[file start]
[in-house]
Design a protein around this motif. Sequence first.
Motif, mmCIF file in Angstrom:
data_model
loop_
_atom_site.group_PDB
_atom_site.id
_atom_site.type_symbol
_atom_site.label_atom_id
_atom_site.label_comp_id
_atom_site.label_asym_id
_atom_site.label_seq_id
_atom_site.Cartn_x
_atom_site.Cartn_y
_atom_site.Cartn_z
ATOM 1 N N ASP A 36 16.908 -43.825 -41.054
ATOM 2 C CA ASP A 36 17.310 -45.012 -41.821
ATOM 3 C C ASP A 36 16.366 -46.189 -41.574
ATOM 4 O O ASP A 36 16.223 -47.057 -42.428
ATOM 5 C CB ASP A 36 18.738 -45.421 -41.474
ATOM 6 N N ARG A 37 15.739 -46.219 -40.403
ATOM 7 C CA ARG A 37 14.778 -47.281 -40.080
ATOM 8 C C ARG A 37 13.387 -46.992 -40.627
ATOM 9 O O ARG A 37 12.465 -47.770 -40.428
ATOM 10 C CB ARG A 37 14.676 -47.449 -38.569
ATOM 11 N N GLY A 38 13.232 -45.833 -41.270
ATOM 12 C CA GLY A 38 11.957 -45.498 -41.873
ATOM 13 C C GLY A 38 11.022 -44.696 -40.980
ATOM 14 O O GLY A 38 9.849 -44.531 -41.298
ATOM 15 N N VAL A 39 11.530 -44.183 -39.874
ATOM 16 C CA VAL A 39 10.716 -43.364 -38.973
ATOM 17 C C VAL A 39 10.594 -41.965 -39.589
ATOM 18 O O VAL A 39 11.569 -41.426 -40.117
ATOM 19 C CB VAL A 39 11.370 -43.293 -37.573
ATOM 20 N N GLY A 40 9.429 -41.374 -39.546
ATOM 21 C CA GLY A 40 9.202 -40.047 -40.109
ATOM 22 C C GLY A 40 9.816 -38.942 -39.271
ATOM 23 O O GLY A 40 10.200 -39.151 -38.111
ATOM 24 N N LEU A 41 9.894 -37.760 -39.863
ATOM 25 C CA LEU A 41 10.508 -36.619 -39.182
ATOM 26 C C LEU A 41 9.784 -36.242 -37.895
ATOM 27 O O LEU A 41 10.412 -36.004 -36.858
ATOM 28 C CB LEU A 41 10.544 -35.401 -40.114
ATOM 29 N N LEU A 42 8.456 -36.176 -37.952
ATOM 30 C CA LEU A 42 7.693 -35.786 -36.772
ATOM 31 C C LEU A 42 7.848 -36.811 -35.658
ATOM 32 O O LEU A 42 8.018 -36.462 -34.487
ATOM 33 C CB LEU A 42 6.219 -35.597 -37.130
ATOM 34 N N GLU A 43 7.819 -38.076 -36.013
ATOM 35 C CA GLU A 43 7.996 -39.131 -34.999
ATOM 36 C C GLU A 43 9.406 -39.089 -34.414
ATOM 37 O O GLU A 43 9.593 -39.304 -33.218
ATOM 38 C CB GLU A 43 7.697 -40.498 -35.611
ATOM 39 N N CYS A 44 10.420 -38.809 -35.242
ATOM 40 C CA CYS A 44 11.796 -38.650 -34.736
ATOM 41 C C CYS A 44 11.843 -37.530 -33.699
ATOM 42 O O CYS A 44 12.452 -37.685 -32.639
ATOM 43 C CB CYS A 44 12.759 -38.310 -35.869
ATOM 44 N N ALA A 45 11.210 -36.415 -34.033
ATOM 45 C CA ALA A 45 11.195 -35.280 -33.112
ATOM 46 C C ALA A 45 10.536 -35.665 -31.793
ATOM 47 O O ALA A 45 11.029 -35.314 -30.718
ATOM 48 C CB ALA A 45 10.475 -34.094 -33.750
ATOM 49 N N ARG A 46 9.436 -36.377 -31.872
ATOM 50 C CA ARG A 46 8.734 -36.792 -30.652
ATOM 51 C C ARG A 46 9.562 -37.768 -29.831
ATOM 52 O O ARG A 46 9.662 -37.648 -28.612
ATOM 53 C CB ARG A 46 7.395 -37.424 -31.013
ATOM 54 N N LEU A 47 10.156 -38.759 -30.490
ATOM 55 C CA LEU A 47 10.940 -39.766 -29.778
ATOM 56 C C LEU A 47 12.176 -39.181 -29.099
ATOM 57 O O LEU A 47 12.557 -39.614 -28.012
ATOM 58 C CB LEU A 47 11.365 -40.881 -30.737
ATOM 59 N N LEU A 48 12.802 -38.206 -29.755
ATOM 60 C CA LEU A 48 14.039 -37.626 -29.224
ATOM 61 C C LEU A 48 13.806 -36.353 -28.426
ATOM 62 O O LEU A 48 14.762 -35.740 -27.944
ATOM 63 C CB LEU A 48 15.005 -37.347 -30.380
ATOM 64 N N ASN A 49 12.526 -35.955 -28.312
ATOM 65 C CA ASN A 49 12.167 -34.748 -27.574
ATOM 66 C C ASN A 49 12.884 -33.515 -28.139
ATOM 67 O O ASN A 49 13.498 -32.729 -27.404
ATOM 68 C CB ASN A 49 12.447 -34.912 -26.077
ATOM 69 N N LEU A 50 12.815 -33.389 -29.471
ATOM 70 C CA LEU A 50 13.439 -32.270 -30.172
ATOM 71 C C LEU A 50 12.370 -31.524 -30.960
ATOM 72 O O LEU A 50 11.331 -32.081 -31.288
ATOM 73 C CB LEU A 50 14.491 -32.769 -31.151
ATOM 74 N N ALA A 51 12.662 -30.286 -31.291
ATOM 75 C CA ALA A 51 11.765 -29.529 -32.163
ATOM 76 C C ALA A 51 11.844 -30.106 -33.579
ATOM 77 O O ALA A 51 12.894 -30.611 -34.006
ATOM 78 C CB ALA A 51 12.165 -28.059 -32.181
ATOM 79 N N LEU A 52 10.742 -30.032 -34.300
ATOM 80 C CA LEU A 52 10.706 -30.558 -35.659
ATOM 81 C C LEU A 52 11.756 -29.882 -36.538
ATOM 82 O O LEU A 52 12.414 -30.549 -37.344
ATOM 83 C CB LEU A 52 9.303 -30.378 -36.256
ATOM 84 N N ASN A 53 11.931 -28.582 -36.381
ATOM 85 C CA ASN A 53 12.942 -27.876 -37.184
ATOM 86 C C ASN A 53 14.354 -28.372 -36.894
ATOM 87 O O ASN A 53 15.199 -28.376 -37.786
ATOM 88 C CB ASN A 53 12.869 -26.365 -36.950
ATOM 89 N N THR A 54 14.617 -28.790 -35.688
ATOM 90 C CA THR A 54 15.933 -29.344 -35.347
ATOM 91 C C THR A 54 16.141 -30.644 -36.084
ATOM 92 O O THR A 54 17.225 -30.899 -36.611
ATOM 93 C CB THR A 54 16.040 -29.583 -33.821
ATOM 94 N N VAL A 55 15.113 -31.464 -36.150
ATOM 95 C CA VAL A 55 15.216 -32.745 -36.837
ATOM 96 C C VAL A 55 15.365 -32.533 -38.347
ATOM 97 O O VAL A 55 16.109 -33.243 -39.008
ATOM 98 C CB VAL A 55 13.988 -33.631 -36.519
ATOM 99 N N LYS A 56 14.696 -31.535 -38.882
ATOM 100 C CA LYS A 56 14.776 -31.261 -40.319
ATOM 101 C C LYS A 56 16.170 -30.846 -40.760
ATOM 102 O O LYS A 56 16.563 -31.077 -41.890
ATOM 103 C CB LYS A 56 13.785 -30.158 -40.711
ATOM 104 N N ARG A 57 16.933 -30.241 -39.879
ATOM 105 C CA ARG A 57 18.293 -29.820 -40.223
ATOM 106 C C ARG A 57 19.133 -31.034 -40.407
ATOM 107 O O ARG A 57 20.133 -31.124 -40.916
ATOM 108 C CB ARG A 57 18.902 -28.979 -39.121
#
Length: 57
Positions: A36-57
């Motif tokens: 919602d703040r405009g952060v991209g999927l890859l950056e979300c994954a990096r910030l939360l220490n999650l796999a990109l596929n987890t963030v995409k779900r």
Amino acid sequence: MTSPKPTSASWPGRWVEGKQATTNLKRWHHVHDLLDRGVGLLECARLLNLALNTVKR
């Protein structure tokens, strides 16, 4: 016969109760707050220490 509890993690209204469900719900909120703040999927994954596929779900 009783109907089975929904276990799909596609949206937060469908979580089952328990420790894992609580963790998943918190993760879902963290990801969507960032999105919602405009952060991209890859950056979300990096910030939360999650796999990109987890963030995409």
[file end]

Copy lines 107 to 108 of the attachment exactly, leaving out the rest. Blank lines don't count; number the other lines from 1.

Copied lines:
ATOM 92 O O THR A 54 17.225 -30.899 -36.611
ATOM 93 C CB THR A 54 16.040 -29.583 -33.821